Since Tiger Woods left the scene there has been universal worry over the future of the game, but then 2016 came along and debunked our fears, writes Mike Taylor.
For the last five years I’ve been asked in hushed tones about the state of golf. Is there still a big interest, is anyone making headlines, what does the future look like?
I can safely say it looks good. After the Women’s Olympic Golf Tournament it will be hard to pick the best moment of the season, because there are so many. Players from six different nations won medals in Rio, and both tournaments came down to the stretch.
It was so captivating that Henrik Stenson’s 63 at Royal Troon (arguably the best round in major history) feels like a distant memory, but it was only last month.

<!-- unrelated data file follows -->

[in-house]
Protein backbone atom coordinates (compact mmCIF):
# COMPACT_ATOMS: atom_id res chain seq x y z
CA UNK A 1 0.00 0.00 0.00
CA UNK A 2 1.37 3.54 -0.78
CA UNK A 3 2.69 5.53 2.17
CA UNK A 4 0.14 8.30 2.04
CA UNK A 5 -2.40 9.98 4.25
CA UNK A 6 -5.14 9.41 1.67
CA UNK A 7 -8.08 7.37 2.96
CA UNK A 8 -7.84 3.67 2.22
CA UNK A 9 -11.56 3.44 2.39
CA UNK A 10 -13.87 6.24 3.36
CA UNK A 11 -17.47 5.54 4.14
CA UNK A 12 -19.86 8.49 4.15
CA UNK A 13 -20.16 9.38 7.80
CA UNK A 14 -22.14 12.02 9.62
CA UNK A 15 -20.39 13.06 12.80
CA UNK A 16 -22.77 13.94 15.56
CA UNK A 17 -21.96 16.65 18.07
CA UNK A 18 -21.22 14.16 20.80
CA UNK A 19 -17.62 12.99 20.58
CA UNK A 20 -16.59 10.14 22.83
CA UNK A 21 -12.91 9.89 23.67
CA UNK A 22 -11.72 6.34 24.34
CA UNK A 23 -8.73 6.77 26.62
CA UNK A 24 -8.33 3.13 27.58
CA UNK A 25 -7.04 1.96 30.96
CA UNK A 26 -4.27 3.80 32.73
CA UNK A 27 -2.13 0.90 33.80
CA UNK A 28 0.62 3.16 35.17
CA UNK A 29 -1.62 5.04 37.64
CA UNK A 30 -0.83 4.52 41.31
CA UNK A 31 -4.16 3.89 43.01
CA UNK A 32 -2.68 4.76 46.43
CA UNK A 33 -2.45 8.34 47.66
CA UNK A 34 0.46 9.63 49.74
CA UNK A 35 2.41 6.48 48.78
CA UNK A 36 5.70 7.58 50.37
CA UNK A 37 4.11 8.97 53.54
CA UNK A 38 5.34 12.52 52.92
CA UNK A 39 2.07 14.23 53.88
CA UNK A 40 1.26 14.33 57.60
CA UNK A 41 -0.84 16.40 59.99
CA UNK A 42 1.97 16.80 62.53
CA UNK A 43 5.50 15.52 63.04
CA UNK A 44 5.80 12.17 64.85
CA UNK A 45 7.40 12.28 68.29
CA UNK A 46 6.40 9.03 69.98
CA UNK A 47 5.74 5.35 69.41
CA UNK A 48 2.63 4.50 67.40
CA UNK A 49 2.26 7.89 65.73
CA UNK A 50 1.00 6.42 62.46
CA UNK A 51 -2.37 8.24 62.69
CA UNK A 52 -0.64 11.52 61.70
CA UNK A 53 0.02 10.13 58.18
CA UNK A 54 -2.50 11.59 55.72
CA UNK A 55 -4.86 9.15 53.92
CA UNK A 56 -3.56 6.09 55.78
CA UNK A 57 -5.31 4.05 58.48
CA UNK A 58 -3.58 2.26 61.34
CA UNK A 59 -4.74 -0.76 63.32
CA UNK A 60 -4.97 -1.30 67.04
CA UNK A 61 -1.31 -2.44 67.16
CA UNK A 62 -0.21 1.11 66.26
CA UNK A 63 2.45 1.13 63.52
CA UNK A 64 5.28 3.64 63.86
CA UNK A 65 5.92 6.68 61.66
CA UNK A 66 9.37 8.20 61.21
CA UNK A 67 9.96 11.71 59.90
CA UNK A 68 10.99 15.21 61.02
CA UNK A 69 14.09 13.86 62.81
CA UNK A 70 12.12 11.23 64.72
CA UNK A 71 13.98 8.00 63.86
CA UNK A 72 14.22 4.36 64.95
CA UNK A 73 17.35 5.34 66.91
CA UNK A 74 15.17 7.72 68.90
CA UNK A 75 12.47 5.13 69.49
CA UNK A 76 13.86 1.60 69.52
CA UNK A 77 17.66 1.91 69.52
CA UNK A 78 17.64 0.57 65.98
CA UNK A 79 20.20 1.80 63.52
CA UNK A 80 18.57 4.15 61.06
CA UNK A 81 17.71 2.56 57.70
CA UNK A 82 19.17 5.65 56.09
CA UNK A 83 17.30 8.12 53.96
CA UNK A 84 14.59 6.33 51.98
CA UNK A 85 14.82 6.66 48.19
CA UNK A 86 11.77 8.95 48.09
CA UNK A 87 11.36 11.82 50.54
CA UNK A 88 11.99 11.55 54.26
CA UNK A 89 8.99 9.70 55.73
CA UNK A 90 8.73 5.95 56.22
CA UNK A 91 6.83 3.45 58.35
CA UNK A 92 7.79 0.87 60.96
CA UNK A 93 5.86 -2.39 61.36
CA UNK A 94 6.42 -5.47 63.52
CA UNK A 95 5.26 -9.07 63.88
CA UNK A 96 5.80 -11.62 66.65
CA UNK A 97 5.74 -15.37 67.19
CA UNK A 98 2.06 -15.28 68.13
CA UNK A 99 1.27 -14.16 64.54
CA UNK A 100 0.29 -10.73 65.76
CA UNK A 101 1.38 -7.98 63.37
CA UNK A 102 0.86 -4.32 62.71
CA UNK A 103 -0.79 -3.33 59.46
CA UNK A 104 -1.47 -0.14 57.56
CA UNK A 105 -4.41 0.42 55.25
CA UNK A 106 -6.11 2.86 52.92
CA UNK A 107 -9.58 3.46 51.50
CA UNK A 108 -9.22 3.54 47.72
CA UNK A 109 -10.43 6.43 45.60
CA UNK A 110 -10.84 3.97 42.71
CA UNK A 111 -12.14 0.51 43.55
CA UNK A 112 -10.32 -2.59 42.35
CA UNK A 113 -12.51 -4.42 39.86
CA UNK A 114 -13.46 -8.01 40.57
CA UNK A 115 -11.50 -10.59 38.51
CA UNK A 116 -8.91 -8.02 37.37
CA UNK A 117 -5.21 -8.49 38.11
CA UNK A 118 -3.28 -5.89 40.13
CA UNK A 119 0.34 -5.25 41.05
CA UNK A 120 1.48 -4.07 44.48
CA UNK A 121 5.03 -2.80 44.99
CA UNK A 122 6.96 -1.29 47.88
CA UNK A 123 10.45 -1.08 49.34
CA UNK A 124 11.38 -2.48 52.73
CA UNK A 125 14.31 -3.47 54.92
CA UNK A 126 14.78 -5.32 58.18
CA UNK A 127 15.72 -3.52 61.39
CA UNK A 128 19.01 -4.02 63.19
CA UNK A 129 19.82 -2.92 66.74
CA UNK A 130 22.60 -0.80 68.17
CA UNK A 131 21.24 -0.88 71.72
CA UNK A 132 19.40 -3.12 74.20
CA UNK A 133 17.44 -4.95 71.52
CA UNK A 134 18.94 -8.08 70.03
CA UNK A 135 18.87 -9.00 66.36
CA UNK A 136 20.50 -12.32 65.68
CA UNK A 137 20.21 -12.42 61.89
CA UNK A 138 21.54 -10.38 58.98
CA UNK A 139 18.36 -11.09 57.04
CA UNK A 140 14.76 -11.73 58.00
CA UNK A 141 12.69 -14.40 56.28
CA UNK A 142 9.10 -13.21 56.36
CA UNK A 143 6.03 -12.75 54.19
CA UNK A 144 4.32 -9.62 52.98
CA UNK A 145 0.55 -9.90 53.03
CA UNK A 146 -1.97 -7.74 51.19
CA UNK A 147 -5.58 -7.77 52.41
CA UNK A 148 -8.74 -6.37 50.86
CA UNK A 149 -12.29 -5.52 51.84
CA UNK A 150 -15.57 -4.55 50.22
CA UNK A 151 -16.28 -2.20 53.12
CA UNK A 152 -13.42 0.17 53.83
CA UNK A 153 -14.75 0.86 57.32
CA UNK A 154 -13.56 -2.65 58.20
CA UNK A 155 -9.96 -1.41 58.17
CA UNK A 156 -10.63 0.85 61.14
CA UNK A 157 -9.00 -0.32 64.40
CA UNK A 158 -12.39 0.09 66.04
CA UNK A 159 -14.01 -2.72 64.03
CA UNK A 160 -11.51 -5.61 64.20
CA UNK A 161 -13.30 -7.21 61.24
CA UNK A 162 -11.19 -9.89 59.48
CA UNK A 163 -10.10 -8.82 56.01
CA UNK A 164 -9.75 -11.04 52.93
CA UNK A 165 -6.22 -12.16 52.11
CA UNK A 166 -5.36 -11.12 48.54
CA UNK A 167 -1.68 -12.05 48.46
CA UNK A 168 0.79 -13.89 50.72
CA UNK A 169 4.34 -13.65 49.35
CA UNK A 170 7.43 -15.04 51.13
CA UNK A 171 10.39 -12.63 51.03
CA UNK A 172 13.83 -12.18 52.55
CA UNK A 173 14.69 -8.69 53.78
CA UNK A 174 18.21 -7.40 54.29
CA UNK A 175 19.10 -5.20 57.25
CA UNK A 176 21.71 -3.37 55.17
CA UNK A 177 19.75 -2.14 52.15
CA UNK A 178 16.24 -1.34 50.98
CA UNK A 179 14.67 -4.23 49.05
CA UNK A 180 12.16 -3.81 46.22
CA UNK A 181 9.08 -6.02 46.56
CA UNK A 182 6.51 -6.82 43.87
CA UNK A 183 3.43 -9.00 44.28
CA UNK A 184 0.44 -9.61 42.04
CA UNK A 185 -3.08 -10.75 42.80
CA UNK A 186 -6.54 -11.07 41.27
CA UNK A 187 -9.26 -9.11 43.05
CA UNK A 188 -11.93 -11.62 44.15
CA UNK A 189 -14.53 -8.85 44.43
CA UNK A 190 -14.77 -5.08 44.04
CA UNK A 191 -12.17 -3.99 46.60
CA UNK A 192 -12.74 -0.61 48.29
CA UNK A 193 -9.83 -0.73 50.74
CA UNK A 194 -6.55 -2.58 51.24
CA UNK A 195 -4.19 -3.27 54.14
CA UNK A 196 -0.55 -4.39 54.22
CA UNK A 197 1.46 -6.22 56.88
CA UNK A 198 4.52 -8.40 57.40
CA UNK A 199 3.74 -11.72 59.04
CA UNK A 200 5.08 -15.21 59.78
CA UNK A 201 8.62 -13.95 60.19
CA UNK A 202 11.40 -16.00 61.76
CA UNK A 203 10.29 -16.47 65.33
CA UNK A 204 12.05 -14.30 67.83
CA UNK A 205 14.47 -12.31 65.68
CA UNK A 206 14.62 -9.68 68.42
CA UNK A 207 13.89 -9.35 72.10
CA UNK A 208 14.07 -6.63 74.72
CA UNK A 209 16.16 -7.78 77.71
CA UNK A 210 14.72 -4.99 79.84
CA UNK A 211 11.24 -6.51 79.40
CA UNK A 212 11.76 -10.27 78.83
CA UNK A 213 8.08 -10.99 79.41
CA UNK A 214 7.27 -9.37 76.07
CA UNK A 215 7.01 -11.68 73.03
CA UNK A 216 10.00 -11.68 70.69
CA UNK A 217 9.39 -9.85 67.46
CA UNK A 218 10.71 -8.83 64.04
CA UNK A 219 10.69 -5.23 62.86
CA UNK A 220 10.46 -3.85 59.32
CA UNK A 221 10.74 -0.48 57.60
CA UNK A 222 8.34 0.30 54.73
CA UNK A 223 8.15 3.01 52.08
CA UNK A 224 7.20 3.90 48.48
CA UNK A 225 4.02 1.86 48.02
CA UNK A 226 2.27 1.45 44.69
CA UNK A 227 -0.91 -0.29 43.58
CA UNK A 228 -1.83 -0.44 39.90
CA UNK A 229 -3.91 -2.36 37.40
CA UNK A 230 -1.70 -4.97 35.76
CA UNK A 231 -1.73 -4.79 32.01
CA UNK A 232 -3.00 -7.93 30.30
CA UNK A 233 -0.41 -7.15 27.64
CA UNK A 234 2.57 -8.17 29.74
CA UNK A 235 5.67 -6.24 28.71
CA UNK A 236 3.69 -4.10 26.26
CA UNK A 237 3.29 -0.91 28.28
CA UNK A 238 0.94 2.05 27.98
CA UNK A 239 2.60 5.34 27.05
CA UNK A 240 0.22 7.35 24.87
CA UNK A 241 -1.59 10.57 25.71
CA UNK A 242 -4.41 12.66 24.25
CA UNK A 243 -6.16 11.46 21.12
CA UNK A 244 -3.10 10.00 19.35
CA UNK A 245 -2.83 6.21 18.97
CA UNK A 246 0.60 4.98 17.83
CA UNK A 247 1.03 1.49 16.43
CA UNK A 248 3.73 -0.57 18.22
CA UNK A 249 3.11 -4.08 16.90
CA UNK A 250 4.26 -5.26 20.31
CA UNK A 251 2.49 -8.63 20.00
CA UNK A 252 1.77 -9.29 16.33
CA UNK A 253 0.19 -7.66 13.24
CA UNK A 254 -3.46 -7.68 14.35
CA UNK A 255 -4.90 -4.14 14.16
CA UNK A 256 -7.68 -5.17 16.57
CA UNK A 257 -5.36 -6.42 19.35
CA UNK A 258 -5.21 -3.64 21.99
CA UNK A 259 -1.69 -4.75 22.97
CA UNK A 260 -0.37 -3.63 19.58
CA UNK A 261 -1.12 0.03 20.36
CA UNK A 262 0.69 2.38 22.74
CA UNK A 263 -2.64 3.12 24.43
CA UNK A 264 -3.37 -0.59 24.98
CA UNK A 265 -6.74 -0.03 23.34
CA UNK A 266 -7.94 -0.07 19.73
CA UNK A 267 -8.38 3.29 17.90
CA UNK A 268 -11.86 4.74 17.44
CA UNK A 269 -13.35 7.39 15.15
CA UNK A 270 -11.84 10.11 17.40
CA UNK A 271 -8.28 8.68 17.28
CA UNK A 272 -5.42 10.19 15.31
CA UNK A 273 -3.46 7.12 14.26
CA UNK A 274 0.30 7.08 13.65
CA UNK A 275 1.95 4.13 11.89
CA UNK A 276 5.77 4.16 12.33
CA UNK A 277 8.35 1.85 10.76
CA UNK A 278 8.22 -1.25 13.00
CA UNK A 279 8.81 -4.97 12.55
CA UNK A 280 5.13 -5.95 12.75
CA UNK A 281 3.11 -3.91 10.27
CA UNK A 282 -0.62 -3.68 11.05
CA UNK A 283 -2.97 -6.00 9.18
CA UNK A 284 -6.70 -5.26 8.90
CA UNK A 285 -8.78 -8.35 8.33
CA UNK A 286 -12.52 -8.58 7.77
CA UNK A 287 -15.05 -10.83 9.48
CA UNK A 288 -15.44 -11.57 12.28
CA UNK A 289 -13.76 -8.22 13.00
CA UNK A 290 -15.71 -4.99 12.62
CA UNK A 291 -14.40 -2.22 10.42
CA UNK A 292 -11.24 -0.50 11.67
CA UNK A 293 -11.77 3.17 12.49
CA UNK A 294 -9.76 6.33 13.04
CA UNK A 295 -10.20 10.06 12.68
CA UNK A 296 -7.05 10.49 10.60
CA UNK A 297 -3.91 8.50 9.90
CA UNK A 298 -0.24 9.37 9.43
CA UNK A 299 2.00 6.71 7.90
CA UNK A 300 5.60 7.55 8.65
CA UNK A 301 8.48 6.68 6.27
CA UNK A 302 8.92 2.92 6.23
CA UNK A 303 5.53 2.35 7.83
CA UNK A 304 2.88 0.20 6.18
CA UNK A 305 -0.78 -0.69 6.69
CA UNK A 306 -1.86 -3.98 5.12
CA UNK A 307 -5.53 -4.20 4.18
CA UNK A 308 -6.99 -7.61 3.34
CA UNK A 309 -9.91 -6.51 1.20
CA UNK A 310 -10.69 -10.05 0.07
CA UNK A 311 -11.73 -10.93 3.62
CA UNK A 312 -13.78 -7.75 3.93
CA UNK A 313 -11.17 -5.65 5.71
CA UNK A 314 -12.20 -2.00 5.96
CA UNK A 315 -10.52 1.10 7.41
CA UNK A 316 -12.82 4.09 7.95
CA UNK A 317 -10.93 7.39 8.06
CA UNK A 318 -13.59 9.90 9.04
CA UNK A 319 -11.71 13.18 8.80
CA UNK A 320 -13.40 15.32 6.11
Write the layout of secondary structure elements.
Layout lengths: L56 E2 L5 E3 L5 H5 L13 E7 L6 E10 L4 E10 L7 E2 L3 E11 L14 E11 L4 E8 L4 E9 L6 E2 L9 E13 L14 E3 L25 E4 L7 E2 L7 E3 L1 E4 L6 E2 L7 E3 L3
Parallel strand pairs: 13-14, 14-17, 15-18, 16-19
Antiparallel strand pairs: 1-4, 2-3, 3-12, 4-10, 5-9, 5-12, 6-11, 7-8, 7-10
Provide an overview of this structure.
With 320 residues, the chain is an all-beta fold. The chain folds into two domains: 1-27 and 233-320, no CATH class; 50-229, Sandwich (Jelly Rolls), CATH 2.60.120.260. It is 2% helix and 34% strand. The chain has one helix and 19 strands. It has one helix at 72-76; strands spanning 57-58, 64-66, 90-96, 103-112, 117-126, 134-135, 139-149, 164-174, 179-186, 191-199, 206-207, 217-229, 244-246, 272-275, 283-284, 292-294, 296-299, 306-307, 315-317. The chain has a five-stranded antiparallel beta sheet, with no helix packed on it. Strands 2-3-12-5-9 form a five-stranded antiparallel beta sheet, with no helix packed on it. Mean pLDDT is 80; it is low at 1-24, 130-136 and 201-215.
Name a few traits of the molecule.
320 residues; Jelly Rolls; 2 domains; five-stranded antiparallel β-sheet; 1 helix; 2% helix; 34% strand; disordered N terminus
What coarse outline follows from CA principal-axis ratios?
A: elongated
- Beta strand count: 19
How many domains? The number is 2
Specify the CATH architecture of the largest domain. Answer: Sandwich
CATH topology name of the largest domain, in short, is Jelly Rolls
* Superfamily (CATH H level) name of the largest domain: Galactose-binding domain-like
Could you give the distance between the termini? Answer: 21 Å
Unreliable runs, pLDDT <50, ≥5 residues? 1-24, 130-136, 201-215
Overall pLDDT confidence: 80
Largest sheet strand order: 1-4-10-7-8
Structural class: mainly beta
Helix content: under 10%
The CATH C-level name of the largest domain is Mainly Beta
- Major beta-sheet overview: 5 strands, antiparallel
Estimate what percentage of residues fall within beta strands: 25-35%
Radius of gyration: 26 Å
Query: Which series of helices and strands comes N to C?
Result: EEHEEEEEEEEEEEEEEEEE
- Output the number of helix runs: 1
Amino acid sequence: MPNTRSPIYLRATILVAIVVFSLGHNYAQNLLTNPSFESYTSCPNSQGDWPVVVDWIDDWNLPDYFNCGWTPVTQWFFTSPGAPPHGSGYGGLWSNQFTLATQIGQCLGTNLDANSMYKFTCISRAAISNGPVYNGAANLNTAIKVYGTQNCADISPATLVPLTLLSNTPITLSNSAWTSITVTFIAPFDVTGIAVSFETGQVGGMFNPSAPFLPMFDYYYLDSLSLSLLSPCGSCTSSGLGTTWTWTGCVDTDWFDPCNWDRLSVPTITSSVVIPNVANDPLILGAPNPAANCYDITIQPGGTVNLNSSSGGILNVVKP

Louis Oosthuizen’s ball-off-ball ace at The Masters was an eternity ago, coupled with Jordan Spieth’s meltdown (there goes the Big Three) and Danny Willett’s rise into the world’s top 10.
Rewatch Dustin Johnson’s approach into the 18th at Oakmont during the final round of the US Open. He had to back away after the crowds distracted him and still hit one of the best shots I’ve witnessed.
We haven’t reached the Ryder Cup and there are incredible highlights to enjoy.
There is no single player, male or female, who is taking the game forward by themself. Golf has evolved and 2016 has been the showcase year for it.
It’s not the #SBK2016 crew of Rickie Fowler and company that have us excited. It’s not Rory McIlroy’s whinges, nor Ian Poulter’s Ferrari Tweets, nor pink and yellow shoes.
It’s the golf. Undeniably good golf. Stuff we haven’t seen since Tiger Woods, only this time it’s coming from a range of different players.
Forget Zika and USGA blunders and all the bad stuff. Instead tune in for Hazeltine, because it’s likely to cap off one of the greatest years of golf we’ve ever seen.